During December, our thoughts may turn to a wintry day in a small farmhouse in Vermont where Joseph Smith Jr. drew his first breath in 1805. Or we may ponder a hot, muggy Thursday afternoon in June 1844 when the Prophet drew his final breath.

 

During his lifetime, Joseph Smith was many things—a dutiful son, a loving father, a kind neighbor, a visionary community leader. In addition, he was a prophet of God.

 

From the beginning, prophets have had specific duties.  Noah built an ark. Moses led the children of Israel out of bondage. Joshua let the Israelites into the promised land. Lehi and Jeremiah warned the inhabitants of Jerusalem about an impending exile. Peter and Paul took the gospel to the nations of the earth. No matter what specific assignments they have, all prophets stand as witnesses of the Lord.

 

Joseph Smith was no different. He received numerous assignments from the Lord. Nevertheless, his greatest and most important role as a prophet was to be a modern witness for Jesus Christ. In 1820, Joseph Smith recorded, “It no sooner appeared than I found myself delivered from the enemy which held me bound. When the light rested upon me I saw two Personages, whose brightness and glory defy all description, standing above me in the air. One of them spake unto me, calling me by name and said, pointing to the other—This is My Beloved Son. Hear Him!” (Joseph Smith—History 1:17).

 

In 1832, Joseph and Sidney Rigdon testified, “For we saw him, even on the right hand of God; and we heard the voice bearing record that he is the Only Begotten of the Father” (Doctrine and Covenants 76:23).

 

In 1836, Joseph and Oliver Cowdery testified, “We saw the Lord standing upon the breastwork of the pulpit, before us; and under his feet was a paved work of pure gold, in color like amber. His eyes were as a flame of fire; the hair of his head was white like the pure snow; his countenance shone above the brightness of the sun; and his voice was as the sound of the rushing of great waters, even the voice of Jehovah” (Doctrine and Covenants 110:2-3).

 

Joseph Smith’s prophetic ministry can easily be divided into two separate but related duties.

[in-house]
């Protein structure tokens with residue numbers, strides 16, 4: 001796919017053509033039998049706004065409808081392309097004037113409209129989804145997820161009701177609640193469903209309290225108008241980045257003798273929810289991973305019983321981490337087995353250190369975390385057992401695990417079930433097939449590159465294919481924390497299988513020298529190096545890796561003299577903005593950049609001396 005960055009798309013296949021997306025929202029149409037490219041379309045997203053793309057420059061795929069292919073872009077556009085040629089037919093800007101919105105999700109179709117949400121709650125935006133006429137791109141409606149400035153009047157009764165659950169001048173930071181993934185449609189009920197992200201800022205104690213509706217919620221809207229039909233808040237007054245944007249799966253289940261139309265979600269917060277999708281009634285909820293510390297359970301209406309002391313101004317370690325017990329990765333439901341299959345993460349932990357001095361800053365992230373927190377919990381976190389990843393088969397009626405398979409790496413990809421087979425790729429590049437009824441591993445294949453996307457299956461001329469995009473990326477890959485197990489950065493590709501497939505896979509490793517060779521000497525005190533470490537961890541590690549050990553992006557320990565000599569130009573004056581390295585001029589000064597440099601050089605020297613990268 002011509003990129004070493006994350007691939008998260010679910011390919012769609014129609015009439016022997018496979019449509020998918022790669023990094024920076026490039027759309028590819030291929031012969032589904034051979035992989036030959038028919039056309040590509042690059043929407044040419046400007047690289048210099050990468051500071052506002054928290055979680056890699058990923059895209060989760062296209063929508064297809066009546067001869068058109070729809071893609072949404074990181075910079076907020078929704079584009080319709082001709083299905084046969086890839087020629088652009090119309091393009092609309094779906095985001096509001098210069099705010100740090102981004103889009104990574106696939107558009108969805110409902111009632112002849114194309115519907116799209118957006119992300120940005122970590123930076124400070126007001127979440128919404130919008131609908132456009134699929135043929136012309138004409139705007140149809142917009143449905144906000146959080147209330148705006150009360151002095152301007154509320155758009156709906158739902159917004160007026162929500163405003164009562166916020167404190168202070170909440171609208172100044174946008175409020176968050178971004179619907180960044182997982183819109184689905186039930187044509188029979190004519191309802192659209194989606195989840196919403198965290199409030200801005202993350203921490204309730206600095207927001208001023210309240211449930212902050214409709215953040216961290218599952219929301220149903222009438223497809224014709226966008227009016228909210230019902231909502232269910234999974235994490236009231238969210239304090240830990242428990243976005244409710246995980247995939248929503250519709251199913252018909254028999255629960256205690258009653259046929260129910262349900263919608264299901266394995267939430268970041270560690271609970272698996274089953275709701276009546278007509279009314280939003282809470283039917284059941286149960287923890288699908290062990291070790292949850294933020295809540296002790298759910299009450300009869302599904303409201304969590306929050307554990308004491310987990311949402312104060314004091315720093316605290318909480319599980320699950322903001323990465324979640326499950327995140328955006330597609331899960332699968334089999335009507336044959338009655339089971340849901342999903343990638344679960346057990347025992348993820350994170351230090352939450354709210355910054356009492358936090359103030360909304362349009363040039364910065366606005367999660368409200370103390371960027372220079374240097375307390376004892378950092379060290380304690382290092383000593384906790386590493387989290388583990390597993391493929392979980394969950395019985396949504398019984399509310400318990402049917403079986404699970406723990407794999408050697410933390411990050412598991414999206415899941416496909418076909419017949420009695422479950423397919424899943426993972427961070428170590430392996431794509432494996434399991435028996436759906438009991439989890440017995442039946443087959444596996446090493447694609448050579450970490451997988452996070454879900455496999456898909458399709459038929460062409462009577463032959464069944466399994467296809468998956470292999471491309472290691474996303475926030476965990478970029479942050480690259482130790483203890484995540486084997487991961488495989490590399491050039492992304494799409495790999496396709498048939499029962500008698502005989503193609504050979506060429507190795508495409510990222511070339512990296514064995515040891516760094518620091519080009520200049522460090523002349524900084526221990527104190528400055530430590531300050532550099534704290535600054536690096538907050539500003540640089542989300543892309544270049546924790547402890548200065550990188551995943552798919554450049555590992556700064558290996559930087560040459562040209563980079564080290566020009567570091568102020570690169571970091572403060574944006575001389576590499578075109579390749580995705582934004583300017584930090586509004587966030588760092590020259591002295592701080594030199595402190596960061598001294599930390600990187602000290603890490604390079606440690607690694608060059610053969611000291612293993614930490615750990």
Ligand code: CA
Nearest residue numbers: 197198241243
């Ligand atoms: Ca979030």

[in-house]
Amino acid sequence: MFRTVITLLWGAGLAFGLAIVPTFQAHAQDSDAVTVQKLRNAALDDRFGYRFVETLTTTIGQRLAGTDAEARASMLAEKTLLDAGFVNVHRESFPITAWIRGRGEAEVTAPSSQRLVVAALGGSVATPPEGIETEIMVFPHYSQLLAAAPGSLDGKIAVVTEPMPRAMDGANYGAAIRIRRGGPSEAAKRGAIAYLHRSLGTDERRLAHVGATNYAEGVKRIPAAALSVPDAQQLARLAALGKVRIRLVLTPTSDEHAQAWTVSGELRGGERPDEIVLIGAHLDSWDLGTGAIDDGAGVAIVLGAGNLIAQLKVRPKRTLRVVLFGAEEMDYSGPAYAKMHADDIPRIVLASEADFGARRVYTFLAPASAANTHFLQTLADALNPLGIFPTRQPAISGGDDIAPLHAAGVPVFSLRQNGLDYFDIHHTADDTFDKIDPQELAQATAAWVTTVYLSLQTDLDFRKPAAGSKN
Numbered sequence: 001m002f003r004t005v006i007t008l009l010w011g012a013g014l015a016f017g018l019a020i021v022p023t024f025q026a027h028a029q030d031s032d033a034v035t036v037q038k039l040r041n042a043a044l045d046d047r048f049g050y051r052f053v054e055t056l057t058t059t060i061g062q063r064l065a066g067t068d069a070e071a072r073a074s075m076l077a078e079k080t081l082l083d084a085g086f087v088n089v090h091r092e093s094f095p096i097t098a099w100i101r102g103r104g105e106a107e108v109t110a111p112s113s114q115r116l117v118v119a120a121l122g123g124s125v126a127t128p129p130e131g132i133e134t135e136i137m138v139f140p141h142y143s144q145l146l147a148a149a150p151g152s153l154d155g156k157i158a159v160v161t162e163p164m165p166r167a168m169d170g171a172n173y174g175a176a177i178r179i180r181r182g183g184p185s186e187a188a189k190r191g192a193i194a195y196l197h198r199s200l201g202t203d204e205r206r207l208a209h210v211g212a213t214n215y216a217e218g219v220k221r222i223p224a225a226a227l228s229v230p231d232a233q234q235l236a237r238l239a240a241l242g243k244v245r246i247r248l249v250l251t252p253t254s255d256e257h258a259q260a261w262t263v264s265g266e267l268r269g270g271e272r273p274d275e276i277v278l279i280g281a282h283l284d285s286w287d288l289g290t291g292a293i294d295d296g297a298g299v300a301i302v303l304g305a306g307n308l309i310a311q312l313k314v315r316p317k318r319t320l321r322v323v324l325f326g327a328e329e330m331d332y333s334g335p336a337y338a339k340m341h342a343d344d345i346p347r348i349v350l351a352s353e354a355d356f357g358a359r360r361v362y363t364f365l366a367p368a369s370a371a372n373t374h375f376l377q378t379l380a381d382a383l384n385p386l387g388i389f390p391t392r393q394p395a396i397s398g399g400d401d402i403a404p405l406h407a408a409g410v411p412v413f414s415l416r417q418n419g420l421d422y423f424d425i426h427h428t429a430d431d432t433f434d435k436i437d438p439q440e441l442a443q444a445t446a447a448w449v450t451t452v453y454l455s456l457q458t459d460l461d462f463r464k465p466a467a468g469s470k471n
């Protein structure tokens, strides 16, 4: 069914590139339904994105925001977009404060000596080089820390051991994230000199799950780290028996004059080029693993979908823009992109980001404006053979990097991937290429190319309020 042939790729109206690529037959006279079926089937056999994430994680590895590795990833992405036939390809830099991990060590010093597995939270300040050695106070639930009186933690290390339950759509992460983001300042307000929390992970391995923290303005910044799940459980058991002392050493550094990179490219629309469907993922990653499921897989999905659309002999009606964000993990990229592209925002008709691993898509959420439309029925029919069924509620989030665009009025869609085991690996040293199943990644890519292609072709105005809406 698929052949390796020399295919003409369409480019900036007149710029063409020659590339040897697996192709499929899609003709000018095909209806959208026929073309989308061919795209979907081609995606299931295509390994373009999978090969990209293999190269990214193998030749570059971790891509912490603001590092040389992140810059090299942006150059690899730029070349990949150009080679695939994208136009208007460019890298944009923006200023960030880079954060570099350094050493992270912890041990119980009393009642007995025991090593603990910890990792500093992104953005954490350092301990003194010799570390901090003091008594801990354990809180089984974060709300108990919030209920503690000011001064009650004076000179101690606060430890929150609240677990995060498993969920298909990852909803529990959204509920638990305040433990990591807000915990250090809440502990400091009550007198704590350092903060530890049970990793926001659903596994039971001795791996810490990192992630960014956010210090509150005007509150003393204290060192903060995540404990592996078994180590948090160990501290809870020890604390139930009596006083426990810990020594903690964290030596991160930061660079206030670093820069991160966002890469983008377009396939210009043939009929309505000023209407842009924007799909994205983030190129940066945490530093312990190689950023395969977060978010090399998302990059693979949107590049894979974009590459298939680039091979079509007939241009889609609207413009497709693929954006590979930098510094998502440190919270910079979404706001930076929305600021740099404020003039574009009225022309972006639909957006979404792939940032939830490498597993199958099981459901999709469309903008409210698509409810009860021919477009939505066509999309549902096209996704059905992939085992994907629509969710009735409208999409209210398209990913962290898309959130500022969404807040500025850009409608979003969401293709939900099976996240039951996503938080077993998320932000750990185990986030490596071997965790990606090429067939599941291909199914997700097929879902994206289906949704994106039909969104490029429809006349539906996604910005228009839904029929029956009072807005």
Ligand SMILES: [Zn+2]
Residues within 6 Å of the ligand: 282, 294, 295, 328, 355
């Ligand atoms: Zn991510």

First, the Prophet was called to testify of Jesus as Savior and Redeemer. He did this primarily through bringing forth the Book of Mormon and establishing the Church of Jesus Christ. The Book of Mormon and the Church focus on the Atonement of Christ, repentance, salvation, and eternal life. This first assignment saw its culmination in the restoration of the first principles and ordinances of the gospel, which allow us to enter the celestial kingdom. This is called the “fulness of the gospel of Jesus Christ.”

 

Second, the Prophet was called to testify of Jesus as the “maker and finisher of our faith.” He did this primarily through the revelations he received, beginning in 1832, regarding exaltation and eternal lives (see Doctrine and Covenants 76, 84, 88, and 93). This last assignment saw its culmination in the temple, in which Latter-day Saints receive the ordinances of the Church of the Firstborn that allow them to come unto the presence of Elohim.

 

All the blessings and promises we announce to the inhabitants of the earth come through and by Jesus Christ—God’s own son. Certainly, it is all “good news.” Without Jesus Christ, we have nothing. Joseph Smith said on May 12, 1844, just a few weeks before he was murdered, “The Savior has the words of eternal life—nothing else can profit us” (Andrew F. Ehat and Lyndon W. Cook, eds., Words of Joseph Smith [Provo, UT: Religious Studies Center, Brigham Young University, 1980], 365).

 

As we listen to Joseph’s witness of Jesus Christ, we hear the voice of Jesus because “Jesus anointed that Prophet and Seer” (William W. Phelps, “Praise to the Man,” Hymns [Salt Lake City: The Church of Jesus Christ of Latter-day Saints, 1985), no. 27).